Handsome, Unique Post-Colonial Noir - gaycitynews.com | gaycitynews.com Handsome, Unique Post-Colonial Noir - gaycitynews.com | gaycitynews.com

Handsome, Unique Post-Colonial Noir

Cindy Scrash, lip-synching Jane Russell’s “You Kill Me” from the soundtrack of Josef von Sternberg’s “Macao,” in João Pedro Rodrigues and João Rui Guerra da Mata’s “The Last Time I Saw Macao.” | CINEMA GUILD

Cindy Scrash, lip-synching Jane Russell’s “You Kill Me” from the soundtrack of Josef von Sternberg’s “Macao,” in João Pedro Rodrigues and João Rui Guerra da Mata’s “The Last Time I Saw Macao.” | CINEMA GUILD

BY STEVE ERICKSON | “The Last Time I Saw Macao” is like nothing I’ve seen before. It bears some resemblance to Chris Marker’s essay films, but Marker rarely integrated fiction to the degree “The Last Time I Saw Macao” does, except in his sci-fi short “La Jetée.” Portuguese directors João Pedro Rodrigues and João Rui Guerra da Mata have based the film on the latter’s life but expanded its scope to encompass wildly conspiratorial imaginings. At the same time, they’re grounded in some sense of reality. The film’s soundtrack is mostly fictional, its images mostly documentary.

Set on the island of Macao, which now belongs to China but was a Portuguese colony for 400 years, “The Last Time I Saw Macao” documents Guerra da Mata’s visit to the city, where he grew up in the ‘70s, in search of a transgender friend, Candy. The film opens with a performance by drag queen Cindy Scrash, lip-synching Jane Russell’s “You Kill Me” (from the soundtrack of Josef von Sternberg’s “Macao”) in front of a tiger cage. Then it shows several men shooting at each other, followed by Guerra da Mata approaching Macao from a boat. He tries to get in touch with Candy, but he can’t get his bearings on the island and keeps showing up too late. Her calls and text messages grow increasingly desperate as she hints she’s being tracked down by a conspiracy tied to the animal signs of the zodiac.

Gay Portuguese director’s return to Macao mixes fiction, doc approach

There’s little camera movement in “The Last Time I Saw Macao.” The film evokes “La Jetée” in that it suggests a procession of still photos, even though there’s movement within its images. The filmmakers have an uncanny eye for handsome framing and finding the perfect angle almost all the time. If they switched to photography, they could compete with Jeff Wall and Cindy Sherman in the art world.

Guerra da Mata is heard but not seen. Early on, he muses that Macao is simultaneously one of the friendliest and loneliest cities in the world. “The Last Time I Saw Macao” brings out its alienating qualities as beautiful as it is. In life, Rodrigues and Guerra da Mata are partners. In the film, Guerra da Mata doesn’t acknowledge that anyone else is accompanying him on this trip or taking film alongside him. He’s on a quest for Candy, but she remains an absence at the heart of the film.

“The Last Time I Saw Macao” makes overt reference to Hollywood films — besides the von Sternberg homage that kicks it off, it’s essentially a film noir. Yet it delves into regions where few film noirs dared to go. In the 1940s and ‘50s, censorship prevented them from including transgender characters, but even in the post-Tarantino ‘90s neo-noir cycle, LGBT characters remained invisible, with the exception of the Wachowskis’ lesbian-themed “Bound.” Rodrigues and Guerra da Mata’s sense of glamour comes from Candy, as well as their inklings of danger — she’s this film’s femme fatale. Her disappearance takes on allegorical significance, as she also comes to represent the Portuguese presence in Macao.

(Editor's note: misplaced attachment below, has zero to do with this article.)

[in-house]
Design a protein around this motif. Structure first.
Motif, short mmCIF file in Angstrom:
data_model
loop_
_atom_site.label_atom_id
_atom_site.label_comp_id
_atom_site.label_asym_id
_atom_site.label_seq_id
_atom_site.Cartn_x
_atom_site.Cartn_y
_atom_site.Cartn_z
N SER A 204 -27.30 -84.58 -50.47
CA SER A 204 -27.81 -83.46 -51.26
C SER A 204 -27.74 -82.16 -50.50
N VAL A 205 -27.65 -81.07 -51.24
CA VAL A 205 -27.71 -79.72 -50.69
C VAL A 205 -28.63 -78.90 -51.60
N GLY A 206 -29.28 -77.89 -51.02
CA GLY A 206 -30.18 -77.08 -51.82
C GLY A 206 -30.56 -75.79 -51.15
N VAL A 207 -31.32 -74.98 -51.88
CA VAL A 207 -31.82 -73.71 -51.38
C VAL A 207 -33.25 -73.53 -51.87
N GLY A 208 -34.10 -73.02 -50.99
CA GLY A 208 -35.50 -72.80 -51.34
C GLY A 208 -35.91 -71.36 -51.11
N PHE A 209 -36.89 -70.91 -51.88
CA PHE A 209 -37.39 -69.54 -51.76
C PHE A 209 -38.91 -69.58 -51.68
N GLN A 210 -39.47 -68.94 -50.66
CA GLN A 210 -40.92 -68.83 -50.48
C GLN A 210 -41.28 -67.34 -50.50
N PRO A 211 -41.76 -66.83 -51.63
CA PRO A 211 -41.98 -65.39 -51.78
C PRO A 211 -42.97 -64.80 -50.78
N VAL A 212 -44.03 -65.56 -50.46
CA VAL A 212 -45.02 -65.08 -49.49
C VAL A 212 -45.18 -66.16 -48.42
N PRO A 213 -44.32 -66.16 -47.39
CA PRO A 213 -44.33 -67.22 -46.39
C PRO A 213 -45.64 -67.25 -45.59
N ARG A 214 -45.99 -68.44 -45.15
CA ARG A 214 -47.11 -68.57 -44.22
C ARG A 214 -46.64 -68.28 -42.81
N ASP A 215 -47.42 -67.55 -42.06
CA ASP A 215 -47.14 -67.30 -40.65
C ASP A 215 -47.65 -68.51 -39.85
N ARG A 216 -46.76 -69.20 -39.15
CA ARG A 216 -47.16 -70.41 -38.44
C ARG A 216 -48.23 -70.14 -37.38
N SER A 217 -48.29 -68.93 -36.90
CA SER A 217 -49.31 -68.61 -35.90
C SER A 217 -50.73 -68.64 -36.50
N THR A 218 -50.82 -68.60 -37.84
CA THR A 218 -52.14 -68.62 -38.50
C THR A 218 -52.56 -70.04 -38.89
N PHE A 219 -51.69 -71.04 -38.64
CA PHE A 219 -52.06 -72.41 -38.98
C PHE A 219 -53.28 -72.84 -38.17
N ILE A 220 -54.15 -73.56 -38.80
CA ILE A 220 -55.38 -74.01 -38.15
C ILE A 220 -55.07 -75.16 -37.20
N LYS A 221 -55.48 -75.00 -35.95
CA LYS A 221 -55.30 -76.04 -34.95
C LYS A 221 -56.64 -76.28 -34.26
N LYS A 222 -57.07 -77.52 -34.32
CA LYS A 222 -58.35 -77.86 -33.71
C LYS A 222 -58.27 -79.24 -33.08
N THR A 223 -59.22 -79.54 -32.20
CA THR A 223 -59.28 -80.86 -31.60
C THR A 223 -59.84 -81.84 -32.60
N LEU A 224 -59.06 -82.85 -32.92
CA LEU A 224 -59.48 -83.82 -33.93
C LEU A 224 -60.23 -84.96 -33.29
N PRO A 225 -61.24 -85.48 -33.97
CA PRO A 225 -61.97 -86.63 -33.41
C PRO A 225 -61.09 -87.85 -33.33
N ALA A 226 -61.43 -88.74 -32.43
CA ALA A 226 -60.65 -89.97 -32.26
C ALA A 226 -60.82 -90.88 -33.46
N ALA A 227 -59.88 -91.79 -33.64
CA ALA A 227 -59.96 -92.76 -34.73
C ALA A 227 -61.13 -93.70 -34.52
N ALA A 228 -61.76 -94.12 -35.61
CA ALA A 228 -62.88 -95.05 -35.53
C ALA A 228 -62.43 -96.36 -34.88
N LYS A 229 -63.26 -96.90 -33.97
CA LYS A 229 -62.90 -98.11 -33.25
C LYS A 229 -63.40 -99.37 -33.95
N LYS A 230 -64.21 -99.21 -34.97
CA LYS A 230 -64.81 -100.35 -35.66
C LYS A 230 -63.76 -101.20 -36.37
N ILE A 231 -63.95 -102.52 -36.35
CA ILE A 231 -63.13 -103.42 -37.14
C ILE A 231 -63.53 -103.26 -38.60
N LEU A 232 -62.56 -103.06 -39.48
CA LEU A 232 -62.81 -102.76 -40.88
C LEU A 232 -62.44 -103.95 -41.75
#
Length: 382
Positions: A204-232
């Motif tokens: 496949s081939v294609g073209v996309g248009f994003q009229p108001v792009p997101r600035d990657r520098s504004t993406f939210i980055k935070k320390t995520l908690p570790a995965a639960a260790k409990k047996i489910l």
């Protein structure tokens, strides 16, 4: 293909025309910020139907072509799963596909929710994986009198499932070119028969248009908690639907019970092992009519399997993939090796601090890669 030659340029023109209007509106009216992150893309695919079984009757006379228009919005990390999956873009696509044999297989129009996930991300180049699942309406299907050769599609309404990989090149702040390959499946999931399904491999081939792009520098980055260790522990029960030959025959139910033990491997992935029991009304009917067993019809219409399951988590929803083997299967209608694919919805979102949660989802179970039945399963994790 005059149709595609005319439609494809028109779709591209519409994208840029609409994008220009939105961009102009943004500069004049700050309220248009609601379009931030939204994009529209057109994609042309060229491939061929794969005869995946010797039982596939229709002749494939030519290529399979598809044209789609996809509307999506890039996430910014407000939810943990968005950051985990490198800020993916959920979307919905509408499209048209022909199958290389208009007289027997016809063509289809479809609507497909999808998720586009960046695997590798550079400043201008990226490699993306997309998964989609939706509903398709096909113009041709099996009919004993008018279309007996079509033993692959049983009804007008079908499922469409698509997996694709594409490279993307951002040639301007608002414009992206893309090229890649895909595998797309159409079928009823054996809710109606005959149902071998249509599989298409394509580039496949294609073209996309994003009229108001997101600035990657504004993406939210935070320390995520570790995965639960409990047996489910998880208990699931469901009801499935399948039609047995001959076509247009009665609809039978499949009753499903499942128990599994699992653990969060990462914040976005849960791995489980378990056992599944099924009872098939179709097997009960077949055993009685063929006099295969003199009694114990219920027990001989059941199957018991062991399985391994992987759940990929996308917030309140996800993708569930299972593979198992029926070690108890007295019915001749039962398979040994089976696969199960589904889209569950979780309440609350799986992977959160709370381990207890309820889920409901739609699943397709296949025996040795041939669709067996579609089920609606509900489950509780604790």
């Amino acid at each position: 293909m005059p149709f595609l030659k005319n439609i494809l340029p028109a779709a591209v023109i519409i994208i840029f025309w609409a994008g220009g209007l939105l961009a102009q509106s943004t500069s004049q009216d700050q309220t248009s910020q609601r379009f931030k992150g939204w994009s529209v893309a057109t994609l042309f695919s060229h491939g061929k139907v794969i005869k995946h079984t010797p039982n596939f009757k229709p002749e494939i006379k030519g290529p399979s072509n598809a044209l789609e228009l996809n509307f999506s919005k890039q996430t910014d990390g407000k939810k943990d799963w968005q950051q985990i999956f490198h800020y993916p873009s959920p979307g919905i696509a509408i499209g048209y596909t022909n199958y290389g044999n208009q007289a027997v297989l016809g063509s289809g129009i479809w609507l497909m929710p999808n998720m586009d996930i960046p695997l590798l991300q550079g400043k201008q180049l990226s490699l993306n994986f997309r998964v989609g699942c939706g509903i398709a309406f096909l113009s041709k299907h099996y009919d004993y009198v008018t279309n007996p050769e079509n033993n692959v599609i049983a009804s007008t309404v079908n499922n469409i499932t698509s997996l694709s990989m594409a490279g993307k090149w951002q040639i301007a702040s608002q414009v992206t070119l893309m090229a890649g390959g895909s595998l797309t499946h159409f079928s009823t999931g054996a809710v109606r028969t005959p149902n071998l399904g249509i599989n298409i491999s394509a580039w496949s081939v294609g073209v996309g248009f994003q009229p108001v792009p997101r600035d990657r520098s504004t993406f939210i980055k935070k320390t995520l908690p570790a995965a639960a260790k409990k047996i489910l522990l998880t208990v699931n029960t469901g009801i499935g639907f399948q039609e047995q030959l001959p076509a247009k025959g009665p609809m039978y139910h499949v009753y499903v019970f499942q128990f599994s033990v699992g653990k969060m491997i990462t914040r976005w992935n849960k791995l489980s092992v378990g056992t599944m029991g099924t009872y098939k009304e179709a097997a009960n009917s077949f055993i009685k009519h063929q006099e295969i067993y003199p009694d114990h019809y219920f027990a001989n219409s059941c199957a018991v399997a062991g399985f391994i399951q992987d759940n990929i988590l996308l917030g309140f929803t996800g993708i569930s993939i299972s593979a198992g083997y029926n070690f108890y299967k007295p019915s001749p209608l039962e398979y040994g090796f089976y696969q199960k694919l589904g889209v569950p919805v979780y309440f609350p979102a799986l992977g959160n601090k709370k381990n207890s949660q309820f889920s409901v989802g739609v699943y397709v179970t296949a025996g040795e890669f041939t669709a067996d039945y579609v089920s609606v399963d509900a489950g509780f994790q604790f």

Mixing documentary and fiction isn’t so daring these days — earlier this year, the Taviani brothers’ “Caesar Must Die” and Sarah Polley’s “Stories We Tell” did it. What makes “The Last Time I Saw Macao” so unique is the way it cooks the two into an unclassifiable stew. The images and soundtrack offer totally divergent takes on the same material. For all the film’s beauty, its images are often rather plainspoken: merchants selling fish on the street, tourists having their photos taken by a statue of Mao Zedong, and lots of animals. The filmmakers appear to share Marker’s fascination with cats and also seem pretty fond of dogs.

“The Last Time I Saw Macao” could be accused of Orientalism, but its most exotic scene is Cindy’s opening number, performed by a white European. Guerra da Mata is returning to his roots by going back to Macao rather than acting as a tourist. The colonial dreams of Macao’s Portuguese settlers, like the young Guerra da Mata, are now dead — he complains he can’t find anyone who speaks Portuguese — and the city’s tourists are mostly Chinese from the mainland (who need a special visa to visit Macao). Rodrigues and Guerra da Mata do a better job of deconstructing Portugal’s colonial project than their compatriot Miguel Gomes did with last year’s Africa-set “Tabu.”

Through films like “Two Drifters” and “To Die Like a Man,” Rodrigues has shown himself to be one of the world’s most talented LGBT directors, as well as a worthy peer of Portuguese filmmakers like Gomes and Pedro Costa. Until now, Guerra da Mata has only made shorts. The two directors’ partnership has worked wonders. At once, “The Last Time I Saw Macao” is a fine example of personal filmmaking and a fantastic city symphony.

THE LAST TIME I SAW MACAO |Directed by João Pedro Rodrigues and João Rui Guerra da Mata | In Portuguese with English subtitles | The Cinema Guild | Opens Sep. 13 | Film Society of Lincoln Center, Elinor Bunin Munroe Film Center, 144 W. 65th St. | filmlinc.com

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